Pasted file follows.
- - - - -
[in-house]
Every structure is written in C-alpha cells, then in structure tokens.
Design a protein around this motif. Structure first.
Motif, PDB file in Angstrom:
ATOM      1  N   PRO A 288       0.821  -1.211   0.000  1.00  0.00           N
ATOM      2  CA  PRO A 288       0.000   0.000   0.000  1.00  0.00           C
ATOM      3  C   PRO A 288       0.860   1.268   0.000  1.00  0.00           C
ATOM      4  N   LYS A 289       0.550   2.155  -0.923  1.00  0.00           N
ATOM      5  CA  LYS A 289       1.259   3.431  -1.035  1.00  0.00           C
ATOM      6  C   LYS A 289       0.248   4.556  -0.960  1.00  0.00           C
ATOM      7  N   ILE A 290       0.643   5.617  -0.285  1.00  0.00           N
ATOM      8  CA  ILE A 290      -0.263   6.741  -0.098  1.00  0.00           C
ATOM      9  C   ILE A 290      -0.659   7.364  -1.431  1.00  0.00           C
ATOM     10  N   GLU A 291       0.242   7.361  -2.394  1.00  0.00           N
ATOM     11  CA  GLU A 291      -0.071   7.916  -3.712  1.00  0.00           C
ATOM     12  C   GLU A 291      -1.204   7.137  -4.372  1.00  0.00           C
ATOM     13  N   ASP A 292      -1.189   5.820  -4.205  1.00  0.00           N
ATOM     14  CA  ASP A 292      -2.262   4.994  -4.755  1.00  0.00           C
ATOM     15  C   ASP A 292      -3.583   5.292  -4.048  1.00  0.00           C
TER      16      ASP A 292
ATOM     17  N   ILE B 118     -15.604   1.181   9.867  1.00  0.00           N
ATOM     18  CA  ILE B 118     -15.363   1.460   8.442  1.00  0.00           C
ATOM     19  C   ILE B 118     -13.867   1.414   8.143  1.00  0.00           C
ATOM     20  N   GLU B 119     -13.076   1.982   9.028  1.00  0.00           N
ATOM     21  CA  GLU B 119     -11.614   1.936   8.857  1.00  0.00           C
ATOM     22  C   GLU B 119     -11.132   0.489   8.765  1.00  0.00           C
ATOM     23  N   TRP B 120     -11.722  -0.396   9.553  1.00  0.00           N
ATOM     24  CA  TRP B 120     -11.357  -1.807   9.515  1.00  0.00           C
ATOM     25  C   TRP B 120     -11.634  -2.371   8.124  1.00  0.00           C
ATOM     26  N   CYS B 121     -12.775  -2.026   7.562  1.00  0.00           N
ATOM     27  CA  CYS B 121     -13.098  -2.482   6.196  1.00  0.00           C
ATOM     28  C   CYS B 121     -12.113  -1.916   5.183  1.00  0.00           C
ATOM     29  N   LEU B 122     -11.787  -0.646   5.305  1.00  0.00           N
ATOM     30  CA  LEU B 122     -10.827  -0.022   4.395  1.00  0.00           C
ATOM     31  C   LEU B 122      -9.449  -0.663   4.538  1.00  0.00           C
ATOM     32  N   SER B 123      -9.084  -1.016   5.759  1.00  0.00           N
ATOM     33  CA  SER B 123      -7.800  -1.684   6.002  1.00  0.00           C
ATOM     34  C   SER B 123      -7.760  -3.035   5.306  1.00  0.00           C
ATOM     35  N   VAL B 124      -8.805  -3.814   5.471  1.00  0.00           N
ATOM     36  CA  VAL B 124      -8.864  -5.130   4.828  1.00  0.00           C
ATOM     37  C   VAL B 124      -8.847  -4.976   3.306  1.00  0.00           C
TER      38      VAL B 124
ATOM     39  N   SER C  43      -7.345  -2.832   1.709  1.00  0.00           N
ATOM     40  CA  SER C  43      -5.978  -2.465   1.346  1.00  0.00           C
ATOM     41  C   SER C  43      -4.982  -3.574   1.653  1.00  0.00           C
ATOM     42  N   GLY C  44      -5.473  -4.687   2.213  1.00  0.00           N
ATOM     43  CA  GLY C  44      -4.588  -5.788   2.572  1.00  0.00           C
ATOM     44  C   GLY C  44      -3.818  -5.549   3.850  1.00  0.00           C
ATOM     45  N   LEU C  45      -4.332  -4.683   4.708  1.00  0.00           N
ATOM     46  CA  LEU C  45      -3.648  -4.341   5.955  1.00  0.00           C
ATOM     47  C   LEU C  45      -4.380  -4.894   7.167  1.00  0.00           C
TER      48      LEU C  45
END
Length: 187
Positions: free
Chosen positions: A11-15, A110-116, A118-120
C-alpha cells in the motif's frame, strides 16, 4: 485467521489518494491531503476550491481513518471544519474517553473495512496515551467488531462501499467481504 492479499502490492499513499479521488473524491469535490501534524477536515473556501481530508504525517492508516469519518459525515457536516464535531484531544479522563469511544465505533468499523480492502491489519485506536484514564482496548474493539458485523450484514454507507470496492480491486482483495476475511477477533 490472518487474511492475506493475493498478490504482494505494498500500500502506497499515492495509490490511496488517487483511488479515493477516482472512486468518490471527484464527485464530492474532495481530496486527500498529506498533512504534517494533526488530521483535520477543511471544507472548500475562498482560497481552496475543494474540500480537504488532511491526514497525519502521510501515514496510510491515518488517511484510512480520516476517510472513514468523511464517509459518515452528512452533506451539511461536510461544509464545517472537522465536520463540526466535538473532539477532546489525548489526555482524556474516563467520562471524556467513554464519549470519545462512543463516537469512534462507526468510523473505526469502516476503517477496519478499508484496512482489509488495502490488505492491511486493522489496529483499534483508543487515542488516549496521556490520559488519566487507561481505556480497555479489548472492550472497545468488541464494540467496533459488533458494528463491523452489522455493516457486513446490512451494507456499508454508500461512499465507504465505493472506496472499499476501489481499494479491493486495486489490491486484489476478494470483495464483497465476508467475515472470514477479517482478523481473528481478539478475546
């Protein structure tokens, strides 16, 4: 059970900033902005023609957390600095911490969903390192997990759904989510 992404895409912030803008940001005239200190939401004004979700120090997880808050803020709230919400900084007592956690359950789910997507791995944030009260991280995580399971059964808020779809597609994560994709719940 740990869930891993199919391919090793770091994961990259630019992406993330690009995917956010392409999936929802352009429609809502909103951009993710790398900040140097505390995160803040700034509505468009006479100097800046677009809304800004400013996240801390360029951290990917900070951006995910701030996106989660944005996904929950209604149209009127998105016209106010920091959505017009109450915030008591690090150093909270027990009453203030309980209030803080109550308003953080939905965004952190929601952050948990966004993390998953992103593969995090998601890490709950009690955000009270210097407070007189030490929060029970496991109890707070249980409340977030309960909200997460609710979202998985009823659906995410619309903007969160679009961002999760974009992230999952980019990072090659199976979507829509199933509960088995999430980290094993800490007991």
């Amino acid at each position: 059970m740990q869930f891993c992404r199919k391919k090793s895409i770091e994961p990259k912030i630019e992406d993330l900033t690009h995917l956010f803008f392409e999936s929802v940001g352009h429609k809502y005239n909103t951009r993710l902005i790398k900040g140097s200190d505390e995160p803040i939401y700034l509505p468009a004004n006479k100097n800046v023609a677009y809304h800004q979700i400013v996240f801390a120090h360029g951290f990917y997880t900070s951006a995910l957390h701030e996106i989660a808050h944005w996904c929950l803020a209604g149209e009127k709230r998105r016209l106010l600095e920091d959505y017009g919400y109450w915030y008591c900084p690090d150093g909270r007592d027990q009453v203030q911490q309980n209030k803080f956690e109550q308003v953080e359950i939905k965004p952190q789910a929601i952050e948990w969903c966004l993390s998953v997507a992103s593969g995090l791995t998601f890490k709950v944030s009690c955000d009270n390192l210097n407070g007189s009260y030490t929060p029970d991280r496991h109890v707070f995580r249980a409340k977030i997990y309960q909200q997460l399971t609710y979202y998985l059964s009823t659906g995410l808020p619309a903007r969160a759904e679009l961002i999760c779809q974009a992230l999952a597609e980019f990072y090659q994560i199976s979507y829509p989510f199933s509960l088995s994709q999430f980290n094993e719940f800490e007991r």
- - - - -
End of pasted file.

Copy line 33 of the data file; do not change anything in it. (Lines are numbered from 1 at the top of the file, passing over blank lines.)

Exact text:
ATOM     29  N   LEU B 122     -11.787  -0.646   5.305  1.00  0.00           N